Ball’s team uses census and traffic data as part of prioritizing projects. Officials also have clear metrics for tracking progress that allow communities to hold them accountable, Simon said. Every six months, a Complete Streets report is submitted to the Howard County Council.

What does this mean for roads?

“Even a 100-point policy is only as good as the changes it implements,” Simon said.

Since 2019, Ball said, his team has built roughly 20 miles of bike lanes, 25 miles of new sidewalks and worked on more than 50 bus stop projects.

Road resurfacing late last year along Twin Rivers Road, Thunder Hill Road and other locations retrofitted parts of the street with bike lanes and put in new curb ramps. The county received a $4 million State Highway Administration grant in October to build a shared-use path along Dobbin Road, a project that’s been in the works for nearly a decade.

Ball is interested in improving access to public transit, too. The county earmarked $600,000 for four fully electric buses that will run on Montgomery County’s FLASH bus rapid transit system. Service along U.S. 29 will eventually connect Silver Spring and Columbia.

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But there’s still plenty of work to do. At the beginning of the academic year, some outraged Howard County parents reported incidents of young kids having to walk along roads without sidewalks to get to and from school after Howard County’s newest school bus contractor canceled routes, causing a transportation fiasco. This was also the first school year with an updated transportation policy, meaning fewer kids would qualify for a school bus.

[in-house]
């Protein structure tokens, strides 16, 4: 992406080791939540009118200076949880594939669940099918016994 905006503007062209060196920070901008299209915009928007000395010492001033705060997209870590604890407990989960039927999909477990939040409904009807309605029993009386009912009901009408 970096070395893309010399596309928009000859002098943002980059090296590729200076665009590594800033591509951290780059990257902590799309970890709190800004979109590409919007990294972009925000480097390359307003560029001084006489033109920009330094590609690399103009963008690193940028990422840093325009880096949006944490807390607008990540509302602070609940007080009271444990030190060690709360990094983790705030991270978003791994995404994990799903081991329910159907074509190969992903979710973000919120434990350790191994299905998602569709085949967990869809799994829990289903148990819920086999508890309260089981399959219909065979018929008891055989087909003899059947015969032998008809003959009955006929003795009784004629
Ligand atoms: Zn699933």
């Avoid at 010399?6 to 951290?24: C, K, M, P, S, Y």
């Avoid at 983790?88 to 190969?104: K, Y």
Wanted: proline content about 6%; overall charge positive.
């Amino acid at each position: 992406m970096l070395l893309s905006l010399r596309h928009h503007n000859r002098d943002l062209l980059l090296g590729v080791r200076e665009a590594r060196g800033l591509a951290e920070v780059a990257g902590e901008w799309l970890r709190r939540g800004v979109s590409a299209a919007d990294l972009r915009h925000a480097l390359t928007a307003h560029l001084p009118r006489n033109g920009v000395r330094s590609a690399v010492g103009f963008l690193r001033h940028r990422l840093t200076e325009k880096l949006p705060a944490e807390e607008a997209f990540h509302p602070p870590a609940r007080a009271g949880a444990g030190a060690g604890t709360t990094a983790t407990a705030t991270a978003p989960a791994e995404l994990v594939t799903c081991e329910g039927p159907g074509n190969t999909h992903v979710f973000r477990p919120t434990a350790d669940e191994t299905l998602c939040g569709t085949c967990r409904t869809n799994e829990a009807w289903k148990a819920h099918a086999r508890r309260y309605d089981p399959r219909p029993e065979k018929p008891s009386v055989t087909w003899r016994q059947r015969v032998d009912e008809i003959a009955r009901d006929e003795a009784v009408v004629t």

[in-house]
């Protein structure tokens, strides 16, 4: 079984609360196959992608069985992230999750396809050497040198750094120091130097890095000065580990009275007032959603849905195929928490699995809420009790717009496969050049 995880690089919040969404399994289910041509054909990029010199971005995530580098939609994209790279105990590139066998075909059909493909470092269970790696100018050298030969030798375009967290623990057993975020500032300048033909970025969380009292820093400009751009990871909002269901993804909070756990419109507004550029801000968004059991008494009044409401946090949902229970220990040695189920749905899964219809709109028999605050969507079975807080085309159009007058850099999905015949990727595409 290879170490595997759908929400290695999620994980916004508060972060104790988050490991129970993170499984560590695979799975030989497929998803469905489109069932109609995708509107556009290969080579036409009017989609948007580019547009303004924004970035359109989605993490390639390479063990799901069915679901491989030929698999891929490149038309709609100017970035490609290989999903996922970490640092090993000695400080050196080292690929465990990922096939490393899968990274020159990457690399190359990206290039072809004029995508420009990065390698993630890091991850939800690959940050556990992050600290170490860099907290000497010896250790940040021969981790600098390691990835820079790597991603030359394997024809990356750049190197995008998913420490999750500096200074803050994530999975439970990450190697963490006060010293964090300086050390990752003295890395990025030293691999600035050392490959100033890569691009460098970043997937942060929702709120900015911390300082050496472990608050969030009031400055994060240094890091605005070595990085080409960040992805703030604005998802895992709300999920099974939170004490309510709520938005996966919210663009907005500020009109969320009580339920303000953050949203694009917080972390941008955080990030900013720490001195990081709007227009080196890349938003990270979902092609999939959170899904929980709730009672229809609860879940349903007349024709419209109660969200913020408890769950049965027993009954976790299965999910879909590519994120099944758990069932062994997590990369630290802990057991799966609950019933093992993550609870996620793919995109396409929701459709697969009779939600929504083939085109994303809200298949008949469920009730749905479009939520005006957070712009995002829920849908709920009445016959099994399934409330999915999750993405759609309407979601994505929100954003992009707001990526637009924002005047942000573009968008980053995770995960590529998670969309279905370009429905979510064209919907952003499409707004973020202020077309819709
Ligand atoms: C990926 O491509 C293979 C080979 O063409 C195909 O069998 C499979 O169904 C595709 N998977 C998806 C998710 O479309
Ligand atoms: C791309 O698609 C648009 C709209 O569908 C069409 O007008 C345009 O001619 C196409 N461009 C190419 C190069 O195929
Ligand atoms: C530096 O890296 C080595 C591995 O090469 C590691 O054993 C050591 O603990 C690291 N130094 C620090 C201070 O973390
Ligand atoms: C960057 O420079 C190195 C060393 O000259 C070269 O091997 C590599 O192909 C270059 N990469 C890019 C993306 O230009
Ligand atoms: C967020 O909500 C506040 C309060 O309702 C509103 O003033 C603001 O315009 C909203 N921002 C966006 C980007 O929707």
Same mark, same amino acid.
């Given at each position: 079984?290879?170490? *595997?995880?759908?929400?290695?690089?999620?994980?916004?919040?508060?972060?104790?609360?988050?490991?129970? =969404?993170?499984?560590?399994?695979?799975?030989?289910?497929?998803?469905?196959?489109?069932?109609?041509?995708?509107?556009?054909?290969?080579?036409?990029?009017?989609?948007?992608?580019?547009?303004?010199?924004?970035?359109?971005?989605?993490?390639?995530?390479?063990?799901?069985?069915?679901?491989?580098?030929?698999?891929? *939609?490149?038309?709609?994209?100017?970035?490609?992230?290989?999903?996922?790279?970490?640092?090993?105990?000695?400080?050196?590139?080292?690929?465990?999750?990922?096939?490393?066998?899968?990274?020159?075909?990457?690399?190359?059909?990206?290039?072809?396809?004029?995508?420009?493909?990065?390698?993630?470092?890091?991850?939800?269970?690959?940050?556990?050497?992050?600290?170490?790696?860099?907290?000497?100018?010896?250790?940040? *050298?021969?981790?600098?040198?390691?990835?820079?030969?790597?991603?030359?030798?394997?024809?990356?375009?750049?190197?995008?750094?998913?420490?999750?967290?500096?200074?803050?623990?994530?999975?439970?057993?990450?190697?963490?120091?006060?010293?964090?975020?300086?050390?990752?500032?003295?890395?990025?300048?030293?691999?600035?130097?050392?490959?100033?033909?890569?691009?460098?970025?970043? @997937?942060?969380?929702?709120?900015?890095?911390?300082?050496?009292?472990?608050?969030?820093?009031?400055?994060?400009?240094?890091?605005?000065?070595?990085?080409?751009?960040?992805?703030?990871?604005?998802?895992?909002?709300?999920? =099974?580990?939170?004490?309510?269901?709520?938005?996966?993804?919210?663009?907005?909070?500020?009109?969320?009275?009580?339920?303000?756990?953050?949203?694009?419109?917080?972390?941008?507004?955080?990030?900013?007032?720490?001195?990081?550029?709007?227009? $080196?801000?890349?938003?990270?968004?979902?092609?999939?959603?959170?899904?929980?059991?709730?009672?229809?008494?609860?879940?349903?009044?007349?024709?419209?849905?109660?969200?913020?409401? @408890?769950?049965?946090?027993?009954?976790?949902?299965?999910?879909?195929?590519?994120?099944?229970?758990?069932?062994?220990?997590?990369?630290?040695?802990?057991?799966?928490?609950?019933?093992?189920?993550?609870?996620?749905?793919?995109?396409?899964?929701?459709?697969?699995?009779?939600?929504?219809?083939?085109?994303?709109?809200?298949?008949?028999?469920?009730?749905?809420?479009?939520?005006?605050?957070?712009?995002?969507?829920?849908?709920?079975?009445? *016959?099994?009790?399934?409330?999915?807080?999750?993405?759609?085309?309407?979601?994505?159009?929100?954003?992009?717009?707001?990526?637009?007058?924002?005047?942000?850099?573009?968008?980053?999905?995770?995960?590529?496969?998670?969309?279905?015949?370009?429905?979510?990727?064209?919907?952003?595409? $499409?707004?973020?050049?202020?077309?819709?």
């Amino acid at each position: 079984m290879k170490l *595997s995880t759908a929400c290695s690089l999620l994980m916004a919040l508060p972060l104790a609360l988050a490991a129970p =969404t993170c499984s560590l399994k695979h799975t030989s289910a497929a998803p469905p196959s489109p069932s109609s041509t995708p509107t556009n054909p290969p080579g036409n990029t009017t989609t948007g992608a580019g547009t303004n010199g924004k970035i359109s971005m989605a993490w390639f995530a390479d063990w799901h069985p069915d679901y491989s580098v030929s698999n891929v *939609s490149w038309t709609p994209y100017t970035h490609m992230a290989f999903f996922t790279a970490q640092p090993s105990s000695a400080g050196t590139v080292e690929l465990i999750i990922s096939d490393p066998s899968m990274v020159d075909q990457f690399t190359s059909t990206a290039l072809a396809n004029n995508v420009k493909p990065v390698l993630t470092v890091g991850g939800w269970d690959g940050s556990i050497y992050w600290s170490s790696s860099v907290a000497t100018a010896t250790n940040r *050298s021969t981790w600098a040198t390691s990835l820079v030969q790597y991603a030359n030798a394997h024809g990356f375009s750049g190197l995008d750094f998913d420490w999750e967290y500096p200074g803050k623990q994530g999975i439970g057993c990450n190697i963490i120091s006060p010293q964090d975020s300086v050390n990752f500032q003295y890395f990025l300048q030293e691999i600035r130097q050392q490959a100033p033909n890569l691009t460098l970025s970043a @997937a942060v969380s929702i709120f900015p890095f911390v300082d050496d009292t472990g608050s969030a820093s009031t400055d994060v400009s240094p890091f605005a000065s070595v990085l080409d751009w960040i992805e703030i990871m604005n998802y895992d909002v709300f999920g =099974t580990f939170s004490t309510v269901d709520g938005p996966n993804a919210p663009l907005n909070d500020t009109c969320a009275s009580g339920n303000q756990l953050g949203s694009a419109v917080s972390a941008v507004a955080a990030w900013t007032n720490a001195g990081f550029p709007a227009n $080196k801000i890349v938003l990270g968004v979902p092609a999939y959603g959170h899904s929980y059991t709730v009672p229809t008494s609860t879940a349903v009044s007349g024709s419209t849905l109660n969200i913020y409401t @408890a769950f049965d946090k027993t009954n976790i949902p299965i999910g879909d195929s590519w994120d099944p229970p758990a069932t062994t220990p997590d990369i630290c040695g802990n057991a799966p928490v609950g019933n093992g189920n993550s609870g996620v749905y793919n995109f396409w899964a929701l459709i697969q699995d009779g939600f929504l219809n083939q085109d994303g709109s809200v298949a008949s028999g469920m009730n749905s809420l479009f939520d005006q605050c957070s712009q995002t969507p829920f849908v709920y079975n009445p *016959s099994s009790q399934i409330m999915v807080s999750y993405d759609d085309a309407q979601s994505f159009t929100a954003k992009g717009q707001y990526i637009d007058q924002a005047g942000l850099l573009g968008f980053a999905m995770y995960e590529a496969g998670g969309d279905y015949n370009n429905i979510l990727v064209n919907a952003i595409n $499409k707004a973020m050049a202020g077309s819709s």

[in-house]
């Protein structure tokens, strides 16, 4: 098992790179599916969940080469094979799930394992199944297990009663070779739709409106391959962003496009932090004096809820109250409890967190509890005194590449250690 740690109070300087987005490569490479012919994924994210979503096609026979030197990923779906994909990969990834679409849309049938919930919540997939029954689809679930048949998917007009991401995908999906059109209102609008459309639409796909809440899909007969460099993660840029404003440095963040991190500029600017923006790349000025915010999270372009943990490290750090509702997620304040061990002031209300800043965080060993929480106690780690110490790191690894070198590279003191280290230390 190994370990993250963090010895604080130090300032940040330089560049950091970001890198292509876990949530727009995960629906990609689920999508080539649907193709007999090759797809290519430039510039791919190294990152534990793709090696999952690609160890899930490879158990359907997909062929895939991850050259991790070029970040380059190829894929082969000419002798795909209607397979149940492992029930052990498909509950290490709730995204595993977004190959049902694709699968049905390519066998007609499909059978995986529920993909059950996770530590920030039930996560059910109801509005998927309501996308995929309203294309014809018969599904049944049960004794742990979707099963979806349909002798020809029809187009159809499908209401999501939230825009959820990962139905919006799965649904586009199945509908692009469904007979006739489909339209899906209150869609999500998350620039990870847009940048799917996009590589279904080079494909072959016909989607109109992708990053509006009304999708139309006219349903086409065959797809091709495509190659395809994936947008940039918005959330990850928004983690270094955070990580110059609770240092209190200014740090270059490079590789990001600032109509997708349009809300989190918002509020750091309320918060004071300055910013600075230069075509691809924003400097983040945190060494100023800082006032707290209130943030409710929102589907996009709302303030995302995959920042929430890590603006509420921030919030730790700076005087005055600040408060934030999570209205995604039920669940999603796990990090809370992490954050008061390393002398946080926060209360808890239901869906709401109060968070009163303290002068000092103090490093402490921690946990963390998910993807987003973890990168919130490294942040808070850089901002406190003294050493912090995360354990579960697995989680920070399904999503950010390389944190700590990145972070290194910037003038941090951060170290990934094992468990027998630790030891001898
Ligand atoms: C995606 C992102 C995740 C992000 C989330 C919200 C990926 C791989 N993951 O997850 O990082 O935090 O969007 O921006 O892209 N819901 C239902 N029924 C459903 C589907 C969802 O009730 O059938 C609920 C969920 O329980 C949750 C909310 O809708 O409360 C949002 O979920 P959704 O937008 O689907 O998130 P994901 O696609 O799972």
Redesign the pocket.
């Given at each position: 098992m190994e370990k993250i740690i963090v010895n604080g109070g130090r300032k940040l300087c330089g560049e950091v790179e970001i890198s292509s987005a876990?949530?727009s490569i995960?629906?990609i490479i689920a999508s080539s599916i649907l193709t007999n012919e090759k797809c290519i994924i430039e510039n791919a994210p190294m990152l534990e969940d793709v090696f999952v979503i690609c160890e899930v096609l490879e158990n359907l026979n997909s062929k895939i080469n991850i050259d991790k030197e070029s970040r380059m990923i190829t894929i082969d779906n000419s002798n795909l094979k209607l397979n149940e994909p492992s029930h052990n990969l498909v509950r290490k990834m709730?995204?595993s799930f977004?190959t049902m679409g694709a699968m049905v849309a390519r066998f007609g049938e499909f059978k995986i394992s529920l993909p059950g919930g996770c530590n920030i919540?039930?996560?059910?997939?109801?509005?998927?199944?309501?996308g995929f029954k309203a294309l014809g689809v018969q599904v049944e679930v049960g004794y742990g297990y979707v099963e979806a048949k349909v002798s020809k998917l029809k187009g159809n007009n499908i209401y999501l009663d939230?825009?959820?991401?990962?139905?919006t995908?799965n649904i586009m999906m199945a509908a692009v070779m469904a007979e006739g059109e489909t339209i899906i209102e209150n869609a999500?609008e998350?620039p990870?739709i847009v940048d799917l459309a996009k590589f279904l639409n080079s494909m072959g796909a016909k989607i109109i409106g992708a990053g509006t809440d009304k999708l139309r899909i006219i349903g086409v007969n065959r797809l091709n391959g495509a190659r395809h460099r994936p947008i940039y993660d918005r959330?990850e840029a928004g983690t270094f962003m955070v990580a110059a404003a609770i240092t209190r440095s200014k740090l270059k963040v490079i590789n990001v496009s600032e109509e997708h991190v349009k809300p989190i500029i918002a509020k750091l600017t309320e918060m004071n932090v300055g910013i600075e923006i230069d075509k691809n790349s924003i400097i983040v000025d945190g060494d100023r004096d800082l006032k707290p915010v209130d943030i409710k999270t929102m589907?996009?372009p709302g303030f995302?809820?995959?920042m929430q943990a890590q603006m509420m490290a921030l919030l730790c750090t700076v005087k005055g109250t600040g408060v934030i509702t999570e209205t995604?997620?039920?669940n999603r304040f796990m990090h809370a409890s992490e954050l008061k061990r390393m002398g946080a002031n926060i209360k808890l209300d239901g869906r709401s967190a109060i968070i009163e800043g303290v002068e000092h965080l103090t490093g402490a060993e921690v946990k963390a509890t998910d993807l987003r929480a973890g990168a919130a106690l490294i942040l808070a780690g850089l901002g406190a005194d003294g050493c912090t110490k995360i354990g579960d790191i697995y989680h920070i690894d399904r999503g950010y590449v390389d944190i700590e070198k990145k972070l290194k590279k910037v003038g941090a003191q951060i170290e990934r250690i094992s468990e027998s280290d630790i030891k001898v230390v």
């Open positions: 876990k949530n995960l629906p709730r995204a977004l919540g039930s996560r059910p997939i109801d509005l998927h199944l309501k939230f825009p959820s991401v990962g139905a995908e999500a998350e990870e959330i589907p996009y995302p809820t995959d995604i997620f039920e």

How will strategies differ across the county?

It’s important for transportation officials to use a context-driven approach, Simon said. In other words, it doesn’t make sense for a highway to get a bike lane, just as neighborhood roads shouldn’t have high speed limits.

That means road treatments in the denser Columbia area will look different than in the rural western part of the County.

But there are strategies to make sprawling rural areas safer and more accessible, Simon noted. That could look like treating popular amenities — schools, parks, hiking trailheads or even the Howard County Fairgrounds — like hubs with dedicated pedestrian access and infrastructure that makes drivers slow down when people may be out and about.

The entrance to the Savage Mill Trail in Howard County on Feb. 7, 2024. (Ulysses Muñoz/The Baltimore Banner)

Community engagement is essential, too, Ball noted. The development of the county’s policy went through an extensive process of public meetings and comment, Ball said, and projects need the input of those living in the affected neighborhoods.

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Is $14 million for this sort of stuff a lot of money?

Yes and no. It’s a fraction of the county’s overall budget, and individual projects can run into the millions of dollars.

Federal grants can help boost or supplement the budget. The federal Safe Streets and Roads for All program, a funding stream born out of the 2021 bipartisan infrastructure bill, provided Howard County with $500,000 to help plan future safety improvements along the Route 1 corridor. One of the most generous of these awards went to Baltimore last year, when the Biden administration announced a nearly $10 million award for its Complete Streets initiative.

In the world of infrastructure, where new bridges and transit lines cost billions of dollars, the amount is modest. But it can go a long way for small improvements, like adding sidewalks or making crosswalks more visible.

Ball said that he’s put nearly $50 million into active transportation and Complete Streets since becoming county executive, which he calls a “record investment” far higher than the commitments from his predecessors.

“I’m excited about the future of progress to ensure that, you know, whether you’re taking mass transit, you’re walking, you’re biking, you’re rolling, you’re able to connect with your community,” Ball said.